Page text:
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Brexit dominates MPA’s annual conference

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World Cement,

Minerals Products 2017, the UK Minerals Products Association (MPA) annual conference, focused on the need for industry to the many changes currently facing the UK and its place in the wider international community, primarily the result of Brexit.

“Our industry continues to be ready to support the government’s agenda for developing and improving the built environment in post-Brexit Britain,” said MPA Chairman, Simon Vivian, in his opening address to the conference.

Maintaining the UK building material industry’s competitiveness was a key theme of the conference. A number of presenters highlighted access to skills and labour in a post-Brexit as a crucial aspect to this, given the UK government’s stated intent to end freedom of movement between the UK and the EU in a bid to reduce immigration.

“The ultimate shape of the deal with the EU matters,” said Vivian. “This will define access, not only to important European markets, but more significantly to both skilled and ‘less skilled’ labour.”

According to the MPA’s position paper on Brexit, the minerals products industry employs “significant number of EU citizens”, while the construction industry is “heavily reliant on EU citizens to deliver existing levels of industry workload.” The UK government has so far refused to guarantee EU citizens currently living the UK will be allowed to stay post-Brexit.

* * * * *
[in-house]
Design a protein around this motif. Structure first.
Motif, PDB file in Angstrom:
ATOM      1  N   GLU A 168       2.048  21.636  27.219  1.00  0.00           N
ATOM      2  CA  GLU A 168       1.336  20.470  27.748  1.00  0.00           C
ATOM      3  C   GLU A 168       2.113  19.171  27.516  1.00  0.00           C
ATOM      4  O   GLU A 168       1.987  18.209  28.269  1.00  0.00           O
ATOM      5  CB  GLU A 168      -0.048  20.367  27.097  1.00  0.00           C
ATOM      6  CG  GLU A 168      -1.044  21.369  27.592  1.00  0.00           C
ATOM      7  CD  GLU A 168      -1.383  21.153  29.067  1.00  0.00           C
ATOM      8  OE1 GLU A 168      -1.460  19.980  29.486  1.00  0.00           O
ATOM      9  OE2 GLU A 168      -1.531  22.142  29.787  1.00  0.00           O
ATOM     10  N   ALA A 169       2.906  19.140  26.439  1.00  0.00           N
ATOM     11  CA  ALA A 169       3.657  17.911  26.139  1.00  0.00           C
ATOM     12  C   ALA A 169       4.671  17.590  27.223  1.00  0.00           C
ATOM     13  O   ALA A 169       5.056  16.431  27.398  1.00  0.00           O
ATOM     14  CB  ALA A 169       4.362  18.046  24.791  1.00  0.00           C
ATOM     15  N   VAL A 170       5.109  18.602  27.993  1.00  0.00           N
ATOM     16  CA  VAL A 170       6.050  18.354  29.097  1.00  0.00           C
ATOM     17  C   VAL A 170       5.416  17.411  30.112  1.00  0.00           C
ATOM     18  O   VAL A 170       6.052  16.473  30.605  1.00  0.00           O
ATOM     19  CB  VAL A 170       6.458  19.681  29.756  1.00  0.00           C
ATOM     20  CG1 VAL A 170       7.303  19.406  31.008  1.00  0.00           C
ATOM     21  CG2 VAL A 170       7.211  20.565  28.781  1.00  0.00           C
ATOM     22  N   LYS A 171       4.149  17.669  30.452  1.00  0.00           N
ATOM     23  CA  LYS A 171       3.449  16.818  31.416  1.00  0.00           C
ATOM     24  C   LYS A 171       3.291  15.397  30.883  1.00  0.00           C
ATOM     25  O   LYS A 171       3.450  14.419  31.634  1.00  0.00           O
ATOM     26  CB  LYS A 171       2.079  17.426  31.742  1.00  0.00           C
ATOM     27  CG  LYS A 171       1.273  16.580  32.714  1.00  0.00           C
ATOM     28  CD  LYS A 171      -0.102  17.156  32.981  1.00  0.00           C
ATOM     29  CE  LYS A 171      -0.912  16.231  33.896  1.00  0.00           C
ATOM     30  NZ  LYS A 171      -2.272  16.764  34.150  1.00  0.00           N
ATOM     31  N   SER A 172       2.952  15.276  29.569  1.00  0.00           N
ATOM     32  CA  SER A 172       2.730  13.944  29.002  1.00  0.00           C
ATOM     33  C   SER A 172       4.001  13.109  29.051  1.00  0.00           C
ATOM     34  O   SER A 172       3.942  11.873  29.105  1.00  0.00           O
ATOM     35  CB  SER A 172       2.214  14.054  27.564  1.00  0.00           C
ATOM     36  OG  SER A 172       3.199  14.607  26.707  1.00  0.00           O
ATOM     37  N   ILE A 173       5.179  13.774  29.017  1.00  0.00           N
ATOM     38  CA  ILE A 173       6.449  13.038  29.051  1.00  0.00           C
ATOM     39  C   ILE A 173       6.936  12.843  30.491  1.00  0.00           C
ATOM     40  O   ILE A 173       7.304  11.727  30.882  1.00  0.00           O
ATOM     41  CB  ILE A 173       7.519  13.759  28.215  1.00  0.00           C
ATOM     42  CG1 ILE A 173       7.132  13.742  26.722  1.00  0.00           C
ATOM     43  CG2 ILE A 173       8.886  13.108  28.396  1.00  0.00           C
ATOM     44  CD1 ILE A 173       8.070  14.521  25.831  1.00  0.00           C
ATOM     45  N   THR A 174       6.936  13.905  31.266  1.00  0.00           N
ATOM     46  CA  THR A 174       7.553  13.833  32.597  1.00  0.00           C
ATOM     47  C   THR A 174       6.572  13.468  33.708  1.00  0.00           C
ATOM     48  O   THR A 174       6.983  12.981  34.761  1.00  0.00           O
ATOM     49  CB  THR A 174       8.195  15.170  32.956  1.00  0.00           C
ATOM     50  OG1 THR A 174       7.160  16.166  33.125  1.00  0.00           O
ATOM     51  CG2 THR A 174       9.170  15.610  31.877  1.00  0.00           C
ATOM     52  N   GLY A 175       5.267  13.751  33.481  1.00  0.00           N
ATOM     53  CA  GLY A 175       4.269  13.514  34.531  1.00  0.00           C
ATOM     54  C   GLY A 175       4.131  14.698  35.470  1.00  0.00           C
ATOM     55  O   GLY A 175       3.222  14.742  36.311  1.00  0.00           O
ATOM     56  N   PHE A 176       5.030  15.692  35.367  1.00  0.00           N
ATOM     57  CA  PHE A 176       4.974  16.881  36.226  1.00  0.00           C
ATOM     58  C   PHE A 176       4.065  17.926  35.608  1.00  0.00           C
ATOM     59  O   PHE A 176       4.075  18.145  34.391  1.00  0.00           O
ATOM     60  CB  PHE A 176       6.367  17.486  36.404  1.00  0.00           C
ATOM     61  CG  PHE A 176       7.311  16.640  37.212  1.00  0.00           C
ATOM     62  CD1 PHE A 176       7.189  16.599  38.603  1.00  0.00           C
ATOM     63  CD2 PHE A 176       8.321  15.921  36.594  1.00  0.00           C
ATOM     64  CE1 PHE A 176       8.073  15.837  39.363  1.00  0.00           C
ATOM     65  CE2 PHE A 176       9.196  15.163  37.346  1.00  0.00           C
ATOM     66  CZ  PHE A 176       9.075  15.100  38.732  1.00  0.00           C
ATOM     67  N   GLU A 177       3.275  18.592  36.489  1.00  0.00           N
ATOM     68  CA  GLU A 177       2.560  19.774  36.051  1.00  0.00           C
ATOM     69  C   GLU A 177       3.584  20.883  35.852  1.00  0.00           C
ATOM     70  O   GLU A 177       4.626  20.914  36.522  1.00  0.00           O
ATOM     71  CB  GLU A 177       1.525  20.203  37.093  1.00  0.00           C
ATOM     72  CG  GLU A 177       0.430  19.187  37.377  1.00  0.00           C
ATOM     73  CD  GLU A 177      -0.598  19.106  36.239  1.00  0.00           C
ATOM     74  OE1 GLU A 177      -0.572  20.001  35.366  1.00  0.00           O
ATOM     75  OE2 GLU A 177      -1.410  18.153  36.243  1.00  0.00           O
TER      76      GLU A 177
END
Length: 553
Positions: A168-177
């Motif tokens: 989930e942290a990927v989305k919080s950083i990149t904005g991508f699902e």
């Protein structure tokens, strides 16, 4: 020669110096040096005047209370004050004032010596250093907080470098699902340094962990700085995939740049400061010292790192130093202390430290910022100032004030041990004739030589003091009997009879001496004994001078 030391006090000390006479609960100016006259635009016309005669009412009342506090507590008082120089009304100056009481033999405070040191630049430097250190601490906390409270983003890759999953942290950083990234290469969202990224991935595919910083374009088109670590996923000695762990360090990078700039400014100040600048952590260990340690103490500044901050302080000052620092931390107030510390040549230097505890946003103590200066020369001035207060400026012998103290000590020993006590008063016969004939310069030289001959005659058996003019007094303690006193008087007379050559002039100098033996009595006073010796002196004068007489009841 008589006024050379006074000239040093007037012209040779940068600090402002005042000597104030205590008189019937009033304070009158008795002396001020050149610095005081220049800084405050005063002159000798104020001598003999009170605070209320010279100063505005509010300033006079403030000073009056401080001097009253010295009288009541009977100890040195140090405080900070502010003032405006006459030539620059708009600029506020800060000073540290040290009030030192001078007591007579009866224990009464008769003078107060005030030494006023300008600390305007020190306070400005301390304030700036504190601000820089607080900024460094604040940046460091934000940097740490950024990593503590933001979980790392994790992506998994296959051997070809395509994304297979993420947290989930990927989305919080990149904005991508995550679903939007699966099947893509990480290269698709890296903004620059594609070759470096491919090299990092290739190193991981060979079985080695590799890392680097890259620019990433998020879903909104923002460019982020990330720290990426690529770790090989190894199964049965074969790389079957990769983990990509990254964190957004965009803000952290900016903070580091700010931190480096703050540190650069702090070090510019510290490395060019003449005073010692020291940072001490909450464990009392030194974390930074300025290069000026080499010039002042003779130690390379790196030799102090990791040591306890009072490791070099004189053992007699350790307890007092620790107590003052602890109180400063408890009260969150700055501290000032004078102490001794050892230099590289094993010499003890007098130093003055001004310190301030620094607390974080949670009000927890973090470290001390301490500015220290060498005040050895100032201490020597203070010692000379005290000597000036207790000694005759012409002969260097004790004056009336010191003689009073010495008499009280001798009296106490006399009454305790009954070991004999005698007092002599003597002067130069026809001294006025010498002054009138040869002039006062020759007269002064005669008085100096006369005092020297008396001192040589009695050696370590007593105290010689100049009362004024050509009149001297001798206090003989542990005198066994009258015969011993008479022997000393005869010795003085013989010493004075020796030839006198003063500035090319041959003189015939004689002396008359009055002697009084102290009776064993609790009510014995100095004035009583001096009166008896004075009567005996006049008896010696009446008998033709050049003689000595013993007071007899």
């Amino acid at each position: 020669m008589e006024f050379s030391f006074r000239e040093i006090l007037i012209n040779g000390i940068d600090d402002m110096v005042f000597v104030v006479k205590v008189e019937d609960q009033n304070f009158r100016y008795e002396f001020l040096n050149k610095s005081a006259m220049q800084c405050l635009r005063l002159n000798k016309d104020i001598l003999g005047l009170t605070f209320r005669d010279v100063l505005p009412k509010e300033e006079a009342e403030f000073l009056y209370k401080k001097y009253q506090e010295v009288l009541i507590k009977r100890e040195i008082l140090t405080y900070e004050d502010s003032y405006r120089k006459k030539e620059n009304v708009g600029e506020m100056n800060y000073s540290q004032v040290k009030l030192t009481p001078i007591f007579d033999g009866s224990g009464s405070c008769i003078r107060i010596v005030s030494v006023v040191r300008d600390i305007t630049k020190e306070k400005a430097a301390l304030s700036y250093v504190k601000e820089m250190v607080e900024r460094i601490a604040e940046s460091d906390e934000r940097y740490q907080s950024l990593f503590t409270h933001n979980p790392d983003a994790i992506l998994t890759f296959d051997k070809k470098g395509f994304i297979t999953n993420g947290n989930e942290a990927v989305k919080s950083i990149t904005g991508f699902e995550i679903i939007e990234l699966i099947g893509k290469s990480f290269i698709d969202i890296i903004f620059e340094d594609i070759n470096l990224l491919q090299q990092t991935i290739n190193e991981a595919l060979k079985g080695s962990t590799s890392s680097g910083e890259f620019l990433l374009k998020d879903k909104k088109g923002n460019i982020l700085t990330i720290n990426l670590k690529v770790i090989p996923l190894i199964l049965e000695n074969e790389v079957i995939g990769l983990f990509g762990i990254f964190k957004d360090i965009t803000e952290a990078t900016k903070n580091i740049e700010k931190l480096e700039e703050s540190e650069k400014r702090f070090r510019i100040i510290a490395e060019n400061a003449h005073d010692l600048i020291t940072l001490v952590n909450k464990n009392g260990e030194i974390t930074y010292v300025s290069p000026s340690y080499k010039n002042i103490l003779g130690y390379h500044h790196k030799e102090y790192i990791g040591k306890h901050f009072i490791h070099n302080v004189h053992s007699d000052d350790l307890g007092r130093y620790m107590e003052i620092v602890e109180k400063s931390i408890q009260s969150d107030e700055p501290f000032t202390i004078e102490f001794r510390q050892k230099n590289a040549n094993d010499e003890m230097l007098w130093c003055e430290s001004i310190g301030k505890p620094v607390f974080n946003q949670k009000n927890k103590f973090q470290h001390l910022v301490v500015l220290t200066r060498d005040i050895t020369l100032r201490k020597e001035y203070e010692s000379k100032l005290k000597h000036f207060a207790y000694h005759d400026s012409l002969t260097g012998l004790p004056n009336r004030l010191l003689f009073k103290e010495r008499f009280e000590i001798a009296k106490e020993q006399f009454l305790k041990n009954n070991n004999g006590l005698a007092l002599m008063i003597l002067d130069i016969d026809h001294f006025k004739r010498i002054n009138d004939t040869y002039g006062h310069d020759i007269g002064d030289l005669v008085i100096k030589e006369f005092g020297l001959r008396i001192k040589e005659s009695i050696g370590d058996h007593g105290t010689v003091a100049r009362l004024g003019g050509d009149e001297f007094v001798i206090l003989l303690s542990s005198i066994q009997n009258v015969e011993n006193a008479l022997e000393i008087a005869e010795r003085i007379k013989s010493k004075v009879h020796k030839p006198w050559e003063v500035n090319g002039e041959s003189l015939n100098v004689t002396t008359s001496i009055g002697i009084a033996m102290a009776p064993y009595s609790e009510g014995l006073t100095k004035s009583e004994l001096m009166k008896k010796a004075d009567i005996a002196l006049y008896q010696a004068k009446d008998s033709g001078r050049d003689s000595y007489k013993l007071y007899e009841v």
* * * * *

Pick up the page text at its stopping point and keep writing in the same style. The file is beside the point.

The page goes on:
Other speakers noted that curbing immigrated had been a key motivating factor behind Brexit and that planning for an economy with significantly reduced access to immigrant skills should be a key task for industry.

In addition to skills and immigration, speakers also highlighted the areas in which the UK government could support industry competitiveness, including around energy costs. UK energy costs are currently inflated by the unilateral carbon price floor, which add an additional levy to carbon above that of the European Trading Scheme.

Daniel Mahoney of the Centre for Policy Studies, a think tank, called for the abolition of the carbon price floor – while acknowledging that the government may not be so keen to lose revenue it currently generates. Mahoney also highlighted the development of the UK’s shale gas sector as a way of stabilising energy prices, as well as developing the economy of the north of England, where most shale gas resources are located.

Throughout the conference, speakers stressed the challenge that Brexit negotiations would be for the UK – and the suspicion that the UK government may not be fully prepared.

“It is clear that government should be listening more to experts, who really understand the ‘nitty gritty’ issues relating to international trade and business and industry,” said Nigel Jackson, CEO of the MPA, in his summary of the conference. “It is in everyone’s interests to secure a successful Brexit. We need a lot less political dogma and lot more pragmatism and collaborative working as we leave the EU.”

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